Is there anyone in OKC who doesn’t want to stay with the Thunder? They’re the closest thing the NBA has to an “it” team: a young, talented core, a smart, upcoming coach, a new NBA city with an energized fan base, and what could, should, and likely will be the first playoff appearance in Thunder history.
So Jeff Green’s declaration that he’d like to stay with the team via a contract extension, however important in terms of the team’s success, isn’t exactly noteworthy for the shock factor. From Darnell Mayberry of The Oklahoman:
Jeff Green on Thursday expressed his desire to sign a contract extension this summer and continue his career with the Thunder. “I’d love to,” Green told The Oklahoman. “It’s a great thing going here.”
The Thunder can re-sign Green to an extension of up to five years…Green’s situation…in some ways will hold more significance to the Thunder’s long-term building. Durant’s deal is expected to be an open-and-shut maximum contract. How much money Green will command after this season could have a long-lasting impact on the team’s salary cap and the caliber of players the Thunder can sign this summer with the future financial state always in mind.
That final note that Mayberry makes is an important one. Durant will receive the maximum offer from the Thunder, and he’s worth every penny. But how much is Jeff Green worth? Supplementary players are always difficult to appraise, and Green’s unique talents and skill set make Sam Presti’s job that much more difficult.
So while Durant’s extension could conceivably be signed and official sooner rather than later, Green’s deal will likely take some more prolonged negotiations, despite the fact that neither party wants Green going anywhere.
As they do every Monday during the season, the PBT Power Rankings came out and while the top three remained the same there were some climbers.
Specifically, the Thunder at No. 4 and the Pacers at No. 5.
Why they are there is the latest PBT Extra topic with Jenna Corrado. The simple answer is they are both excellent teams. Russell Westbrook, Kevin Durant, and Paul George are all playing like Top 10 players.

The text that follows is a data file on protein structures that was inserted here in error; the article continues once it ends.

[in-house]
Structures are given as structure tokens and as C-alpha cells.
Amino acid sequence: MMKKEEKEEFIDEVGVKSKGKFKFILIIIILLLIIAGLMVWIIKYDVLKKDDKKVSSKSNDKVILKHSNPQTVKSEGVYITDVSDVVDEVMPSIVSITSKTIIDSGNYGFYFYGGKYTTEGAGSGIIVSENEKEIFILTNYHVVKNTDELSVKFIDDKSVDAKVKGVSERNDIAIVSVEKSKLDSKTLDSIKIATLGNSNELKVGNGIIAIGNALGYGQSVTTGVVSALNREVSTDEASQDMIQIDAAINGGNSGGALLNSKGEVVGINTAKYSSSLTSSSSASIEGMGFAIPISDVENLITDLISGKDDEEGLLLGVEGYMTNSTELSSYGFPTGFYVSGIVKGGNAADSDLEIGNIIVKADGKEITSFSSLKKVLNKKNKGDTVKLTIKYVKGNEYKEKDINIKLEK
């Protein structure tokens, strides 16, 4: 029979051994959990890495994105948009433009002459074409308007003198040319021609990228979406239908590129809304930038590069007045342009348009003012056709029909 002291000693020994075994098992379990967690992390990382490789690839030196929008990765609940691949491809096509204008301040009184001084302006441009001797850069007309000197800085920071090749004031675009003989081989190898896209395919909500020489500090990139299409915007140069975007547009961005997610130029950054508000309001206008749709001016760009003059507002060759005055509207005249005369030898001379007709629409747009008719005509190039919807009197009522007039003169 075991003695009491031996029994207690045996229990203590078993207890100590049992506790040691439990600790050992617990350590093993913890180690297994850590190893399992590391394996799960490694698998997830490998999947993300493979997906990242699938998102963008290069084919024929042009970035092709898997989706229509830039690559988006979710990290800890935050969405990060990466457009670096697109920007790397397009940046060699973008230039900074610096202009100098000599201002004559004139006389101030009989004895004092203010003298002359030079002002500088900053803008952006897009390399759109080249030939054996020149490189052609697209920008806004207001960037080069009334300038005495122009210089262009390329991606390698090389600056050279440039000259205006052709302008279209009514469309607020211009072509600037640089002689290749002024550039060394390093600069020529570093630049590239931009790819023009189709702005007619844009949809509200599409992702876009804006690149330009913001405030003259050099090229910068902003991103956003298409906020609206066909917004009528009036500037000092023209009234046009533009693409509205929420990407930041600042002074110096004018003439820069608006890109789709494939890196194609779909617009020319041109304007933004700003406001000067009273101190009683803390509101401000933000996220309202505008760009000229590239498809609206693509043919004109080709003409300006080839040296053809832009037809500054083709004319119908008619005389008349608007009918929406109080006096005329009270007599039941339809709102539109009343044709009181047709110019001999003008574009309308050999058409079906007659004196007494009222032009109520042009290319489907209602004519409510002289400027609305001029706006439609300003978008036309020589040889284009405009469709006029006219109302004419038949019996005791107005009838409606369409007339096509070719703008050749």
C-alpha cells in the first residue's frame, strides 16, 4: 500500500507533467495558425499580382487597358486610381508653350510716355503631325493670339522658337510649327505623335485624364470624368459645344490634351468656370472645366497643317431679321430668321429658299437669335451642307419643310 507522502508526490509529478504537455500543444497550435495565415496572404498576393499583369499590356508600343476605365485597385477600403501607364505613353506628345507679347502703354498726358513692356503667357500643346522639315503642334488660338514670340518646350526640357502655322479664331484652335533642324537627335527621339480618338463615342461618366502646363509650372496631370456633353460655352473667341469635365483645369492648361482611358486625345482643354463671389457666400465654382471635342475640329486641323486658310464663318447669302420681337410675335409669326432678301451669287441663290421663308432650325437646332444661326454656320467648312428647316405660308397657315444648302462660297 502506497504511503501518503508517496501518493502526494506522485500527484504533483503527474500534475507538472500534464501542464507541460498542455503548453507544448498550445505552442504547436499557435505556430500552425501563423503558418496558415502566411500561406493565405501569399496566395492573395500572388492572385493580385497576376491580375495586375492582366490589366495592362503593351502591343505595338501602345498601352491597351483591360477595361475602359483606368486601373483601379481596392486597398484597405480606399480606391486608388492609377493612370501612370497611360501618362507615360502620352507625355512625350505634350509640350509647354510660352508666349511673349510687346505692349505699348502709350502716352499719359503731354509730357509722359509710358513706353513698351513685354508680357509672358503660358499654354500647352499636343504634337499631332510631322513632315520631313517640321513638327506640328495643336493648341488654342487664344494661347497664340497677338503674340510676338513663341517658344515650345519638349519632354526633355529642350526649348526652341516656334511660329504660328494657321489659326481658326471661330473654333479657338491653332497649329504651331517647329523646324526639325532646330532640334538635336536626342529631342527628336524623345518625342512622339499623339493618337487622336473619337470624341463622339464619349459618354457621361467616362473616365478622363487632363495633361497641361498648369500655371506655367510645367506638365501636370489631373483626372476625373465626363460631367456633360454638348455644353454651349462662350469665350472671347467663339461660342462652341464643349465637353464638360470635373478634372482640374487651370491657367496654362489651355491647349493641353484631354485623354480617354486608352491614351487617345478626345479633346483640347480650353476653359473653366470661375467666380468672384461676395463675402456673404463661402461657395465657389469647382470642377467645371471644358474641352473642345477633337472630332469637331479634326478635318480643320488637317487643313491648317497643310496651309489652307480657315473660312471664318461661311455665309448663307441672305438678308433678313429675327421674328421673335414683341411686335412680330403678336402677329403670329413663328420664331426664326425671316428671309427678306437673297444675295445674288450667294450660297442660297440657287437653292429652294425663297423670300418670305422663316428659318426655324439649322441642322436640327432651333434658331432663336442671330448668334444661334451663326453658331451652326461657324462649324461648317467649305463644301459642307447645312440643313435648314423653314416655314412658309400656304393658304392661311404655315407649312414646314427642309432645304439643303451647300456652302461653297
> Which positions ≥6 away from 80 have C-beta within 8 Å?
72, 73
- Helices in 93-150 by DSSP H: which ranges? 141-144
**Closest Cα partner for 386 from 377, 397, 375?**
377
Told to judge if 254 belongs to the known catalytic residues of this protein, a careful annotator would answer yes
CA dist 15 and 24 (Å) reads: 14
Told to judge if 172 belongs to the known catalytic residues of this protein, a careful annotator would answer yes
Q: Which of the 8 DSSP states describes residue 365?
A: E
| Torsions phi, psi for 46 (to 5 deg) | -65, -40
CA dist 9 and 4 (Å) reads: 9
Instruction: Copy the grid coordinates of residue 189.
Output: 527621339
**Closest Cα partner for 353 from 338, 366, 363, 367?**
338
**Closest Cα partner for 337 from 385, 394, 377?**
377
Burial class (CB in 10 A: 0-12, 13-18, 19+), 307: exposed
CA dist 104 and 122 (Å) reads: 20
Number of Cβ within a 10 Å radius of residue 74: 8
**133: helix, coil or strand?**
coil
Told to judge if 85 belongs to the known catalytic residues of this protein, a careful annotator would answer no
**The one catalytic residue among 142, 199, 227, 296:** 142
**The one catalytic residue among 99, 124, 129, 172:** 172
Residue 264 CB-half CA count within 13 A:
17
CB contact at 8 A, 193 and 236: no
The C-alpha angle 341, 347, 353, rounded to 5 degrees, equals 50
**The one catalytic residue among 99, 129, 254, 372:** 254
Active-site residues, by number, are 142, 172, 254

The ProBasketballTalk NBA podcast is back.
Sure we’re a month into the season, but we’re going to get this podcast rolling again and you can expect us on each Monday and Thursday, with a variety of guests talking everything around the NBA.
Today NBC’s own Dan Feldman joins Kurt Helin to talk Kobe Bryant‘s retirement announcement, and what that means both for the Lakers going forward this season and beyond, but also what that could mean for Byron Scott’s future as the Lakers’ coach.
We also delve into the “showdown” between the Lakers and Sixers on Thursday, talk about the job Brett Brown is doing there as coach (a good one), we talk some Warriors, some Draymond Green, Pistons, Spurs and Pacers to round it all out.
Listen to the podcast below or you can listen and subscribe via iTunes.
It’s this simple: The Sacramento Kings are 5-5 when DeMarcus Cousins plays this season, 1-7 when he sits. (And that win number is a big misleading, they looked like they would have beaten Charlotte with him, but when he left with back pain they lost, they could easily be 6-4 with him.)
So it’s good news that Cousins is expected to return to the Sacramento lineup Monday night. Well not good for Rick Carlisle and the Mavericks, but good for the Kings, as reported by James Ham at CSNBayArea,com.
This season Cousins is averaging 27.9 points and 11.2 rebounds a game, he has a true shooting percentage above the league average (56.3 percent for Cousins) and he has a PER of 27.1 which is sixth best in the league.
Combine him with the numbers Rajon Rondo has put up lately the Kings become much more dangerous. They’d be even scarier if everyone stayed healthy and George Karl would settle on a lineup.
It was expected Kobe Bryant would retire at the end of this season.
It was not expected Kobe would make that official on Nov. 29 — it’s caught the media at Staples Center Sunday (of which I was one) and the fans by surprise.
In this PBT Extra, I talk with Jenna Corrado about the mood inside Staples Center Sunday.
More importantly, I discuss the sense I got that Kobe understands it’s time to walk away, and he is at peace with that.